Soccer has caught on in America.

The evidence is in how much the 2-1 loss to Belgium hurts. The ratings will show what social media suggests -- the nation was captivated by the U.S. men's national team's presence in the knockout rounds of the 2014 World Cup.

Tuesday's match was reality catching up with America. There is an elite level of soccer we just haven't reached. The talent, skill and technique of the United States is behind the world's best. Belgium was clearly the better squad.

But it was riveting to watch the Yanks try to compensate with heart. It's how they defied the odds and made it through the group stages, in arguably the toughest quartet of the tournament. It was enough to help them hang on for a scoreless tie through regulation despite being thoroughly outplayed.

United States’ Julian Green, left, scores his side’s first goal during the World Cup round of 16 soccer match between Belgium and the USA at
United States' Julian Green, left, scores his side's first goal during the World Cup round of 16 soccer match between Belgium and the USA at the Arena Fonte Nova in Salvador, Brazil, Tuesday, July 1, 2014. (AP Photo/Matt Dunham) (Matt Dunham)

And it almost brought them back from a two-goal deficit in extra time.

"It's the American mentality. It's the American spirit," said Landon Donovan, who served as an ESPN commentator after being left off the team in a controversial move by coach Jurgen Klinsmann. "That team kept going, kept fighting."

Soccer has caught on in America.

Such is clear in how goalkeeper Tim Howard is being revered as a national hero.

He embodied the resolve of the country, refusing to break under the relentless attack of Belgium. He registered 16 saves -- the most in a World Cup game in the 50 years the stat has been kept -- and many of them robbed Belgium of sure goals.

Because of Howard, the United States was spared embarrassment on a global stage. Because of Howard, soccer in America earned some respect. And America noticed.

According to Twitter, there were 1.8 million tweets mentioning Howard during the game, including celebrity shout-outs ranging from Michael Strahan to Justin Timberlake to Rep. Nancy Pelosi.

"It's heart-breaking," Howard said in a post-match interview. "I don't think we could've given anymore. ... It hurts."

Soccer has caught on in America.

The acceptance of Klinsmann is proof. The German was met with skepticism when he took over the national program. That especially increased when he left Donovan, America's biggest soccer star, off the 23-man roster. Then he publicly said the United States would not win the World Cup.

But it's turning out Klinsmann might know what he's doing. His bluntness proved truthful. His recruits played well. His tactical choices, criticized by experts and in this space, kept the United States' technical weaknesses from being too exposed. And he knew how to push the buttons of his team, from the substitutions to getting the players to believe.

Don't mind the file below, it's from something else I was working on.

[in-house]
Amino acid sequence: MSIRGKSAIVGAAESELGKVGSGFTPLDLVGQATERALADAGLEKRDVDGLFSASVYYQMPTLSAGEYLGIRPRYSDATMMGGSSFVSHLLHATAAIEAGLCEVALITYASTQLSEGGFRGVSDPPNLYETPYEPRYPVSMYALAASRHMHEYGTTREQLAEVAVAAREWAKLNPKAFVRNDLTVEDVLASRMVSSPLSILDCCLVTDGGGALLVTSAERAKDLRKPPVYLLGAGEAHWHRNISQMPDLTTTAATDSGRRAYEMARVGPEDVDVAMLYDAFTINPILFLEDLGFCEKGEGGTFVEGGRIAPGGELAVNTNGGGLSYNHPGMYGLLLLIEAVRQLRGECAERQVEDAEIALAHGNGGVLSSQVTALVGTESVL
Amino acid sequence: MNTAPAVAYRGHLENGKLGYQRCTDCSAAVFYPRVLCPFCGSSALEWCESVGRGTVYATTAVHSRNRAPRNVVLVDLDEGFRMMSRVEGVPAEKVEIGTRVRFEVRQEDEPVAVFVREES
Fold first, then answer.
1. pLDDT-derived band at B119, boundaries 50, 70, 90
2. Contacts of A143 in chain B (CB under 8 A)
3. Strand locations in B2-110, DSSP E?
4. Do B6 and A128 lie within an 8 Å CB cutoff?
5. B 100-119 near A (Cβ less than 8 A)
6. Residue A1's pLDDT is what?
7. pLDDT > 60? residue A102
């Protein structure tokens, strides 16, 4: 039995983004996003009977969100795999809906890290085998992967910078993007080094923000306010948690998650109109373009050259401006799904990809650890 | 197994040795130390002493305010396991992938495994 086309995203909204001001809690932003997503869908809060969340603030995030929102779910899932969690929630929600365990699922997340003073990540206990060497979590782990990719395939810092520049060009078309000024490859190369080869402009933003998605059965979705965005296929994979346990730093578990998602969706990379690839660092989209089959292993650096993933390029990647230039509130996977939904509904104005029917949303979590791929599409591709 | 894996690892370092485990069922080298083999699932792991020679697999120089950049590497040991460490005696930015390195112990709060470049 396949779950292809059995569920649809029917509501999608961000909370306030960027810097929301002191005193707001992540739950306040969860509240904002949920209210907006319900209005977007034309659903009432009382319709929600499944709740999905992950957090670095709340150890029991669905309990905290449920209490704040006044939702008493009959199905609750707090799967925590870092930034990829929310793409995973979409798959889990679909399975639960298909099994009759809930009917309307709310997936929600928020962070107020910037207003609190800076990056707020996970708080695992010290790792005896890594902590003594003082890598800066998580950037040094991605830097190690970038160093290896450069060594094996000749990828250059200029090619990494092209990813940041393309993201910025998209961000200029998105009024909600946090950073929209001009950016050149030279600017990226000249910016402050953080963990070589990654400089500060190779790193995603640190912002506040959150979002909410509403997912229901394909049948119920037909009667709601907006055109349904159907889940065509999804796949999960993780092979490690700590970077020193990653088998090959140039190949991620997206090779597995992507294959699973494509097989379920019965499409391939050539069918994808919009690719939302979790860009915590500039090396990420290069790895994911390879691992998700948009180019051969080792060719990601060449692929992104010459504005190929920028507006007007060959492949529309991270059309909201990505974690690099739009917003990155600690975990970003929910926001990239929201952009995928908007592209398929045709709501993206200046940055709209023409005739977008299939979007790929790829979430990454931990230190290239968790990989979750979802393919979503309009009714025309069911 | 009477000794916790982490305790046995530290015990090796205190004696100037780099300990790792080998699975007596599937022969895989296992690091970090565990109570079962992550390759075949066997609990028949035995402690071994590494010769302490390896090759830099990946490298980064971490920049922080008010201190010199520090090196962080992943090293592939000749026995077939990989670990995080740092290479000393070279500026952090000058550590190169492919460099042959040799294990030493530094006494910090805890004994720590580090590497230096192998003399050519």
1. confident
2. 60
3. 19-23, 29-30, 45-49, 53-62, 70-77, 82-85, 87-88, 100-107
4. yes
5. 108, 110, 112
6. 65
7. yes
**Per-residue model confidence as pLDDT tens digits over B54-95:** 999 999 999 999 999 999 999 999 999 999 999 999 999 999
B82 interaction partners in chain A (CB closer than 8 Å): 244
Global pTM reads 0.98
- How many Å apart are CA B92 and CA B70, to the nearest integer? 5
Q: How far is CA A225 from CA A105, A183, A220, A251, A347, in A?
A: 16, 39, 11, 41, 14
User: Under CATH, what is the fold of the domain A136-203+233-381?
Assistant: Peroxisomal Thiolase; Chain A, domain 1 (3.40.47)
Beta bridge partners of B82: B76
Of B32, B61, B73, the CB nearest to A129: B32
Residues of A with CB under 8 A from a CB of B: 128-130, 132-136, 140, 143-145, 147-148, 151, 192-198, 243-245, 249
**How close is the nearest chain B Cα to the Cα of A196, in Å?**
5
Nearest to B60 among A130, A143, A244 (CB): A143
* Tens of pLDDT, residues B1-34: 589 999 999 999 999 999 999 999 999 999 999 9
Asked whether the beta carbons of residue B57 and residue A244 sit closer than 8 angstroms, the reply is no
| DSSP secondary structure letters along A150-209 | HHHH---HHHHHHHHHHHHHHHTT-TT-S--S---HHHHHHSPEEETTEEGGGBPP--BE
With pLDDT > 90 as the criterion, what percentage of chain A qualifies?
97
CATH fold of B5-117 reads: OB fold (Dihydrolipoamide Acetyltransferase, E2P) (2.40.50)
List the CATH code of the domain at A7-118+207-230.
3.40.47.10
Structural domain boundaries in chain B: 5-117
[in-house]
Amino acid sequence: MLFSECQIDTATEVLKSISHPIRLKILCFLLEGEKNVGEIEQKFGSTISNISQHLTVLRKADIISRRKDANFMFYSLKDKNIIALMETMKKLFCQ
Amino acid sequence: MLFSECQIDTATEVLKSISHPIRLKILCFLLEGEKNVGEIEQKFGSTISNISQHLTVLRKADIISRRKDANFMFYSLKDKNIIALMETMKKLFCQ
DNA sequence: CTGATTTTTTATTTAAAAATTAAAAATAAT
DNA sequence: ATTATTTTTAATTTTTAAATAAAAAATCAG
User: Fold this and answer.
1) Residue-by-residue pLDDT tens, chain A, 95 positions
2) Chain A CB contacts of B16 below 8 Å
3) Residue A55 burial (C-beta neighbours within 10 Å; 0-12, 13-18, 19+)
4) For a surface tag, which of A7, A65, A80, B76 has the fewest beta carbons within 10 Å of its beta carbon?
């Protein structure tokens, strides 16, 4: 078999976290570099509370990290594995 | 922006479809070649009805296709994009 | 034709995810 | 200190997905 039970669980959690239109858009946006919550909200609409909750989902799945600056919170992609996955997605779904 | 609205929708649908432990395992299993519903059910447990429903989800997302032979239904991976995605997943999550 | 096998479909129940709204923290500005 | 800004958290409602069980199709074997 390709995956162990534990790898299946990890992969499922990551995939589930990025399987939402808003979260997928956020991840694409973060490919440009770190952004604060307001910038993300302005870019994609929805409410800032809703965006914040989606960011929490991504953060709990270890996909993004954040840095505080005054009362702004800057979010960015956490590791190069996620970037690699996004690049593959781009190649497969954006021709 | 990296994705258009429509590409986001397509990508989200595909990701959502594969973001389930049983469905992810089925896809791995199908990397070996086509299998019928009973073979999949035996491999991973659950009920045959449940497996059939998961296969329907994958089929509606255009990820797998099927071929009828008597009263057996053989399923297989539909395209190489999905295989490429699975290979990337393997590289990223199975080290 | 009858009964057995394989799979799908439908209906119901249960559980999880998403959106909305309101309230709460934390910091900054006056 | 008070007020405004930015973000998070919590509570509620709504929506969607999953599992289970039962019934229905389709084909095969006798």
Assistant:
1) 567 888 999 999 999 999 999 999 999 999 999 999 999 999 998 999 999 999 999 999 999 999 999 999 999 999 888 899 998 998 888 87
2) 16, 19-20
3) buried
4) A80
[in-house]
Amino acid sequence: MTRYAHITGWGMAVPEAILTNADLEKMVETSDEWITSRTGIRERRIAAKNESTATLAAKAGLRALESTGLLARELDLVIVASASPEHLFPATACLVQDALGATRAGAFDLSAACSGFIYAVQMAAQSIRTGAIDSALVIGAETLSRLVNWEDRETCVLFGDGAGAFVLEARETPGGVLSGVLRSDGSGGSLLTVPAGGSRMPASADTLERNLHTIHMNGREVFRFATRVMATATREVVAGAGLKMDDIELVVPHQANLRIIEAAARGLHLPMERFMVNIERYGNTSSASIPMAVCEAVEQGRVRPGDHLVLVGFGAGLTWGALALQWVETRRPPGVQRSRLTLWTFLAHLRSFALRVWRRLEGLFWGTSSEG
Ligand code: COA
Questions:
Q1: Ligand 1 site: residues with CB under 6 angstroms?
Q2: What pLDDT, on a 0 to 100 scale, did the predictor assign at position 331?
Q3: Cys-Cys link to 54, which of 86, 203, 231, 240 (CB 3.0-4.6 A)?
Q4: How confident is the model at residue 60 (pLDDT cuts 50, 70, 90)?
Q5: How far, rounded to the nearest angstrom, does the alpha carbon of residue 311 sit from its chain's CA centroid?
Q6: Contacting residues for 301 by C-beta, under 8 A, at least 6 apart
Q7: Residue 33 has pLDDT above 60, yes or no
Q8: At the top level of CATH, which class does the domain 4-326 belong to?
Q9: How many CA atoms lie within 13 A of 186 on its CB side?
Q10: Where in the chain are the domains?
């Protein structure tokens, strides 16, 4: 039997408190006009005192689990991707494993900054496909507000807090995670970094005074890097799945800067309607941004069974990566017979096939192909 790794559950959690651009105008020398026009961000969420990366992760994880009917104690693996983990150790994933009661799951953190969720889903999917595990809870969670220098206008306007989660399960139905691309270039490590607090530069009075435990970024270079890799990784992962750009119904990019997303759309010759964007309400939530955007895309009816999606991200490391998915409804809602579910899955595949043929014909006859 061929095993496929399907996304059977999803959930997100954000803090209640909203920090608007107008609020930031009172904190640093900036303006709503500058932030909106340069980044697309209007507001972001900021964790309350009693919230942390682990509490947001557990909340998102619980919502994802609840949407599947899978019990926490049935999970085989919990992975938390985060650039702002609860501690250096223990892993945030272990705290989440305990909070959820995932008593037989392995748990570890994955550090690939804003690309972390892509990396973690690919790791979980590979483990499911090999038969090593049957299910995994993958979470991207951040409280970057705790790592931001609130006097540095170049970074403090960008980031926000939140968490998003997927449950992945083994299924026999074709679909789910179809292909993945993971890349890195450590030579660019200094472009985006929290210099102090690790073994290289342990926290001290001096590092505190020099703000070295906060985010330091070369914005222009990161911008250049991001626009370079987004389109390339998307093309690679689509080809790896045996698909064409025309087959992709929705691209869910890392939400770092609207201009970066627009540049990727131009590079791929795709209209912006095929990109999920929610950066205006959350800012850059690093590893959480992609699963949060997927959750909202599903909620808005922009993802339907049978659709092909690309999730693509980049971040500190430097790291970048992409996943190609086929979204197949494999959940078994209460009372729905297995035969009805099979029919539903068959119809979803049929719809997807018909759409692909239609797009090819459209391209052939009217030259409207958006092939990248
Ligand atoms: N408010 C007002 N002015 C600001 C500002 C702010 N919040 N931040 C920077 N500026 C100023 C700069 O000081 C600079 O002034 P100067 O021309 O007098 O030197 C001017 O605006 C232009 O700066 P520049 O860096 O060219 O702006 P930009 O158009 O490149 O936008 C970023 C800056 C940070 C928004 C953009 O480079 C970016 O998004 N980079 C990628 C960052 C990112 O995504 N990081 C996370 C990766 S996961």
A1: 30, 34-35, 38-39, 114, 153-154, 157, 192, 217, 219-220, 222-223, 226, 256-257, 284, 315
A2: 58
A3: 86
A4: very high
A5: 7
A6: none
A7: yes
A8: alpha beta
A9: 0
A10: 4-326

As a result, the United States beat Ghana, almost beat usual powerhouse Portugal and gave Germany and Belgium -- both markedly better teams -- a real ride. In two weeks, Klinsmann has gone from a major question mark to a household name.

Soccer has caught on in America.

Because we now are on the lookout for the promising youngsters the United States unveiled Tuesday. Especially Julian Green and DeAndre Yedlin.

Yedlin looked to be the only one who could hang with the soccer studs of Belgium. Then in extra time, Green, a 19-year-old, made a sparkling debut.

Chris Wondolowski and Clint Dempsey, veteran scorers, missed close-range chances. Wondolowski's would have won it in regulation; Dempsey's would have tied it in extra time. But Green came through.

Down 2-0, he took a pass in the box and handled it with the kind of skill and instinct the U.S. side lacks. He scored the Americans' only goal on a difficult one-timer, showing off his touch and focus to beat Belgium's world-class goalie, Thibaut Courtois.

Green's goal gave hope. Not just that the United States could tie and force penalty kicks. But also hope that U.S. soccer has a bright future. Perhaps he can be the kind of player the United States desperately needs -- someone with the skills to make something happen one-on-one, to keep possession under pressure, to scare opposing defenders.

Futbol will never surpass football in this country -- or basketball or baseball. And it will likely always be most relevant during World Cup season.

Still, soccer has carved out its own place in the heart of America. That's why the United States had the largest visiting contingent in Brazil. Why fans gathered by the thousands in public venues across the country. Why ratings for these games rivaled the BCS title game and blew the NBA Finals and World Series out of the water.

And the men's national team performed well enough to justify us paying more attention to the world's game. They made us care.

"We've seen the amount of people watch the games grow," defender Omar Gonzalez said. "It's amazing to see how many people are rallying for us back home, who are cheering for us, who are feeling for us. ... It was definitely felt."

Read Marcus Thompson II's blog at blogs.mercurynews.com/thompson. Contact him at mthomps2@bayareanewsgroup.com. Follow him on at Twitter.com/ThompsonScribe.